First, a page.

BE PREPARED FOR DANGEROUS HEAT THIS WEEKEND

PEARL – Much of Mississippi may see the hottest temperatures of the year this weekend. The National Weather Service forecasts actual high temperatures up to 105 degrees with “real feel” heat indices up to 115 degrees through Monday.

“It has already been a brutally hot summer, and this weekend could be extremely dangerous,”

said MEMA Director Robert Latham. “We want to remind everyone to check on your family, friends and neighbors, especially senior citizens in your community. Please limit time spent outside and drink plenty of water to avoid overheating and dehydration.”

Residents without access to air conditioning should check with their local emergency manger, city or county officials to see if cooling centers are available in their area.

Some Important reminders:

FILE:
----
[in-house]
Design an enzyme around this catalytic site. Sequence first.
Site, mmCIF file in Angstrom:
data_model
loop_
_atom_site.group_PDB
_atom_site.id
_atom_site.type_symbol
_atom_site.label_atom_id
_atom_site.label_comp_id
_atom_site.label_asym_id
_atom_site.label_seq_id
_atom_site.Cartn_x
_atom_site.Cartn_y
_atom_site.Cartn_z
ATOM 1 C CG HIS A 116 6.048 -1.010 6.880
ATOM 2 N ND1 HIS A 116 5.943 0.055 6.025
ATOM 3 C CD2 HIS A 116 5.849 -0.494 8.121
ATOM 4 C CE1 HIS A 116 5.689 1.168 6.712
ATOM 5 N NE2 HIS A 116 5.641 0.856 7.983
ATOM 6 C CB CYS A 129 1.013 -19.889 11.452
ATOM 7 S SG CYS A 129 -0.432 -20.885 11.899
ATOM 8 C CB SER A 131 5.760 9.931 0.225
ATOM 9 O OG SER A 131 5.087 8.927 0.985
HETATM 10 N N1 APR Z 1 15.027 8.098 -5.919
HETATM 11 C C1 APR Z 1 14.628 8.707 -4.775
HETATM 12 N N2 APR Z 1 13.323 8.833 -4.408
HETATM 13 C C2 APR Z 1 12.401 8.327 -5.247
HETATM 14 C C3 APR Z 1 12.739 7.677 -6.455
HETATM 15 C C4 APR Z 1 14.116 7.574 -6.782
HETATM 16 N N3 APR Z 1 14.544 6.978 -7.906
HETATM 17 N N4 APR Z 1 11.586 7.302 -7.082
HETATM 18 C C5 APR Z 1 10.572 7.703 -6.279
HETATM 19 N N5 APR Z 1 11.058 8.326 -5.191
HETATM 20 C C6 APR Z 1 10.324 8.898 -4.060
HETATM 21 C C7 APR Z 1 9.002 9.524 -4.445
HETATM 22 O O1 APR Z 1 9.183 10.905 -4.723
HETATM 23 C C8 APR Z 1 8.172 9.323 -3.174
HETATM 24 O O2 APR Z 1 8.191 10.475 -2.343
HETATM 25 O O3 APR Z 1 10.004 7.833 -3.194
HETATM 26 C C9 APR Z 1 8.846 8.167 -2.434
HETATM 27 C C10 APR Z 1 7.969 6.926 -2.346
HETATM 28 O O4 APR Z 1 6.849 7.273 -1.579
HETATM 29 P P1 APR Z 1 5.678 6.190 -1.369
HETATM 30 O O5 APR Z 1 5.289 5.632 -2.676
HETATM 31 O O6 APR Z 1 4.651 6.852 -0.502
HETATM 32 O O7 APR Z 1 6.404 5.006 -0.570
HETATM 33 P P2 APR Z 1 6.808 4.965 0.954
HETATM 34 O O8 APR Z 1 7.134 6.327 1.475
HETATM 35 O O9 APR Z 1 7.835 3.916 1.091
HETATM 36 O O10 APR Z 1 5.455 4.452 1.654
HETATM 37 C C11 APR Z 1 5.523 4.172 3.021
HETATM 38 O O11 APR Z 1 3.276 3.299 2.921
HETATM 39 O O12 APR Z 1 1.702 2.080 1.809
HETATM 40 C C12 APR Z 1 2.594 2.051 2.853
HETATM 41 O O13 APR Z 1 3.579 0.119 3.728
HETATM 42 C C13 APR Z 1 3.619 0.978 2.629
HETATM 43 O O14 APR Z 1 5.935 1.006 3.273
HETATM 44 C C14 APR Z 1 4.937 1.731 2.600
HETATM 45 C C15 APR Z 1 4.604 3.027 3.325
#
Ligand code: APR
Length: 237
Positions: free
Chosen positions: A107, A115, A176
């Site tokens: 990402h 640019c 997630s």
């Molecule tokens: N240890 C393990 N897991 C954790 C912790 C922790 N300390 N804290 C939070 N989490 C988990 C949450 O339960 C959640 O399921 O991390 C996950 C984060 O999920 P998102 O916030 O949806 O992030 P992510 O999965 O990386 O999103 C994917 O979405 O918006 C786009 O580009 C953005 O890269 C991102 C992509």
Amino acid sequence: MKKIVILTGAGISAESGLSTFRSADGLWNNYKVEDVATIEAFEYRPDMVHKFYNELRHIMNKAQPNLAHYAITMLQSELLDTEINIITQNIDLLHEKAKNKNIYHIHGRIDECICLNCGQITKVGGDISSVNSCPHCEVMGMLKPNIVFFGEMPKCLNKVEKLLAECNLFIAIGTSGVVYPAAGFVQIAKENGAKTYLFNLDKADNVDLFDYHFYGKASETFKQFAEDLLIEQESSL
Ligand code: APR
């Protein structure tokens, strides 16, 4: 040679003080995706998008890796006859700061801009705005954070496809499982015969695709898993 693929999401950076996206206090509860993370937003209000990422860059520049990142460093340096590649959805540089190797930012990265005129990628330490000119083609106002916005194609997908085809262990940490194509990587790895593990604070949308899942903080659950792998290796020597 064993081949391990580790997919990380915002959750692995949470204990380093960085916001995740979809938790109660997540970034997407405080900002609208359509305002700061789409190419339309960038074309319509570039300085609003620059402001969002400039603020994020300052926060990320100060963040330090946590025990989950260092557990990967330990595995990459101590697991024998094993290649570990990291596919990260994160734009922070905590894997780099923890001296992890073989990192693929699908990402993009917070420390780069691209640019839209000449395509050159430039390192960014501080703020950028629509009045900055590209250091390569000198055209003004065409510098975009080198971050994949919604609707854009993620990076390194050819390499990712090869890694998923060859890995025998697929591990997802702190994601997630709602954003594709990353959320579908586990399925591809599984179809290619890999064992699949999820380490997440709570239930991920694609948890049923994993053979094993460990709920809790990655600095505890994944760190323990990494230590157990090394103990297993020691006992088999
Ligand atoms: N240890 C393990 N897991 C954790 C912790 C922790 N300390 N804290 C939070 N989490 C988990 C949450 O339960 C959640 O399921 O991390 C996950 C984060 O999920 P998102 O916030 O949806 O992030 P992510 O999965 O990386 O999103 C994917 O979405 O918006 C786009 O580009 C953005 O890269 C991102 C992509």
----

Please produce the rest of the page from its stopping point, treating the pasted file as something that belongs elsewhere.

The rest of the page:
• Never leave children or pets alone in closed vehicles.
  • Consider spending the warmest part of the day in public buildings such as libraries, movie theaters, shopping malls and other community facilities.
  • Limit intake of alcoholic beverages.
  • Dress in loose-fitting, lightweight and light-colored clothes that cover as much skin as possible.
  • Check on family, friends and neighbors who do not have air conditioning and who spend much of their time alone.

Signs of Heat Exhaustion:

  • Heavy sweating but skin may be cool, pale or flushed.
  • Weak pulse, fainting or dizziness, nausea, vomiting, exhaustion and headaches are possible.

What to Do If Someone Has Symptoms:

  • Move them to a cool area, have them drink cool water and use a cool wet towel on neck and under arms.

Signs of Heat Stroke:

  • High body temperature (105+) and hot, red, dry skin.
  • Rapid, weak pulse and rapid shallow breathing.
  • Person will probably stop sweating.
  • Call 911 or seek medical assistance for these symptoms.

For more information, visit the MEMA website at www.msema.org. and follow us on our social media outlets Facebook and Twitter.  To find out the latest local forecast from the National Weather Service go to www.srh.noaa.gov, and click on your area.

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